Policy factors favor proposed land swap

SECRETARY OF THE INTERIOR SALLY JEWELL offered some worrisome words last week after visiting King Cove and talking to the residents about their desire for a 12-mile road that links their village with the runway at Cold Bay on the Alaska Peninsula. Secretary Jewell will make the final decision about a proposed land swap that would allow the road to be built.

“The issue that I’m facing is one that is legal in its interpretation,” she said.

Yes, there are legal standards to follow in the process leading up to her decision, but more legal analyses can’t answer the question before her: What’s best for the village and refuge? On balance, the land swap is.

The U.S. Fish and Wildlife Service, after writing an environmental impact statement on the proposed land trade, disagreed. It concluded earlier this year that executing the swap would not advance the purposes of the Izembek National Wildlife Refuge.

The analysis was informed by a great deal of scientific information about the refuge. In addition, a great cloud of statutes and court decisions creates legal guidance for the agency to follow when writing such environmental impact statements.

In the end, though, it’s a policy decision, and Secretary Jewell must make it. It’s extremely unlikely that a judge would overturn her decision on any legal grounds.

In deciding, the secretary simply must weigh the pros and cons of the land swap and road.

First, the “cons.” The Fish and Wildlife Service, which manages the refuge, documented how valuable the area is for black brant geese and other wildlife. It’s a unique place, without a doubt. The agency concluded that a road through the isthmus would harm these populations.

Given that the refuge is already criss-crossed by roads — roads used for decades by birdwatchers and hunters at several privately owned lodges without harming the wildlife populations — the agency’s opposition boiled down to this: Its staff believes that King Cove residents would tear around the refuge’s most important and sensitive wildlife habitat on four-wheelers if a road gave them easier access to those areas.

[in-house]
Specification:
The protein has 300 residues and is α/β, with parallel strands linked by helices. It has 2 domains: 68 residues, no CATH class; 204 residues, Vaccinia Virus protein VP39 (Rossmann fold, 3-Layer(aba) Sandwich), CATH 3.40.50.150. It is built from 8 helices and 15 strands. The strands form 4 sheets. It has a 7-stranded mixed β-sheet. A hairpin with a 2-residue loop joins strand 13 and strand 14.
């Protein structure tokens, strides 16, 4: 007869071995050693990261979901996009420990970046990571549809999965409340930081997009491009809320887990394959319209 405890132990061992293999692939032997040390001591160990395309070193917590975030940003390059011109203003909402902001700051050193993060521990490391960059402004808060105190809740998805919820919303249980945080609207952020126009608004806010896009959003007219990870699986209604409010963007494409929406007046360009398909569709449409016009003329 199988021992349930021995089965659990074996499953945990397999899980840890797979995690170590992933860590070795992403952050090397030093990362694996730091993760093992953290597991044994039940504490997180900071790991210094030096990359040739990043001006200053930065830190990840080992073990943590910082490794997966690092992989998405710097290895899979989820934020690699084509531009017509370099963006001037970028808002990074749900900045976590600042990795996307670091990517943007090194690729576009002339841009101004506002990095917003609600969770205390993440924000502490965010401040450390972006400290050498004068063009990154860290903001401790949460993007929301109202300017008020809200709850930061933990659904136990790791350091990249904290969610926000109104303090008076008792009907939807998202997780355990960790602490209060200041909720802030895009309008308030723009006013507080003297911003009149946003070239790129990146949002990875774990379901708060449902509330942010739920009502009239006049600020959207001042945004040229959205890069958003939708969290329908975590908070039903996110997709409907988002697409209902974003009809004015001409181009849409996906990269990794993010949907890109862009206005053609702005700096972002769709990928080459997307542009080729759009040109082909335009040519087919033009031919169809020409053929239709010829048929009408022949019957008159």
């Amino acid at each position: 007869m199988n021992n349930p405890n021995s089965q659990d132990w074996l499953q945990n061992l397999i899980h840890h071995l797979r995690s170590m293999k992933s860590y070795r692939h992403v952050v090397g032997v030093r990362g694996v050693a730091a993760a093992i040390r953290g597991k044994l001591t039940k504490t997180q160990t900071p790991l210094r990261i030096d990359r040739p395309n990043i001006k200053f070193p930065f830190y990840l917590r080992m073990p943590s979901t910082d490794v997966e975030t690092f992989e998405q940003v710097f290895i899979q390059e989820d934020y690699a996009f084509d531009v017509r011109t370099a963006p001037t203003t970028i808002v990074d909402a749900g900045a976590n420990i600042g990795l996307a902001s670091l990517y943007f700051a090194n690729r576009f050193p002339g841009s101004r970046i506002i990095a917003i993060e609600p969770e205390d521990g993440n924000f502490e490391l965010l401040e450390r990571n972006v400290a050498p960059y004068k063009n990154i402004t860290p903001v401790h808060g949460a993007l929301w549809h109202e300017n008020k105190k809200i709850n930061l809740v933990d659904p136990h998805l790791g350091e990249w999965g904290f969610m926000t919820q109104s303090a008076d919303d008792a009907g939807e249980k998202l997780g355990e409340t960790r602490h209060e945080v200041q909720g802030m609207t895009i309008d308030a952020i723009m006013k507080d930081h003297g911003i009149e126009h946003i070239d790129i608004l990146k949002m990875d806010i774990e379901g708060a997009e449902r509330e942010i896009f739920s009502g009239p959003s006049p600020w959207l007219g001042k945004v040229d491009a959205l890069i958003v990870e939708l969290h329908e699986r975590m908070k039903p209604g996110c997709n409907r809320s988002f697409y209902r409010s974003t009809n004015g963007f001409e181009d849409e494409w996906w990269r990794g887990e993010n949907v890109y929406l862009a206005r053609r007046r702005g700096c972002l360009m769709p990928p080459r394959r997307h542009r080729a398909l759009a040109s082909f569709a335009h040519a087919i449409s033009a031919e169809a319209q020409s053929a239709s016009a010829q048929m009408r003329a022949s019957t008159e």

In response to public comments, the agency defended that conclusion with this explanation: “The analysis presented in the EIS was based on previous experience of the authors and reviewed by staff familiar with the area and other areas in rural Alaska.”

That brings us to the “pros,” which, ironically, are best introduced by quoting the agency’s own words again: “It is impossible to quantify the amount of human use (i.e., hunting, fishing, etc.) or illegal off-road vehicle use that would occur adjacent to the road if it is built.”

So the danger to the refuge is a non-quantifiable best guess by experienced personnel, not a scientific certainty upon which to base some legally mandatory conclusion.

Add to this a stack of additional arguments favoring the road: The federal refuge would receive 56,000 acres of pristine state and Native corporation land in exchange for the 206-acre road right of way. Residents would get access to a 10,000-foot runway at Cold Bay, which could serve King Cove as an emergency backup during the approximately 100 days per year when wind and weather shuts down its own mountain-bracketed airstrip. The road likely would be paid for by the state of Alaska, not federal taxpayers, and state officials have confirmed the road could be kept open during bad weather. Without that road access, federal taxpayers sometimes have paid for Coast Guard helicopters to fly from Kodiak during emergencies, costing up to $200,000 per trip.

It’s unfortunate that so much federal money has been spent on failed alternative solutions, such as a hovercraft that didn’t work well and cost too much to run. The right thing to do today, though, is to approve the land swap and so allow the road. It’s the secretary’s call.

— Fairbanks Daily News-Miner,

Sept. 8


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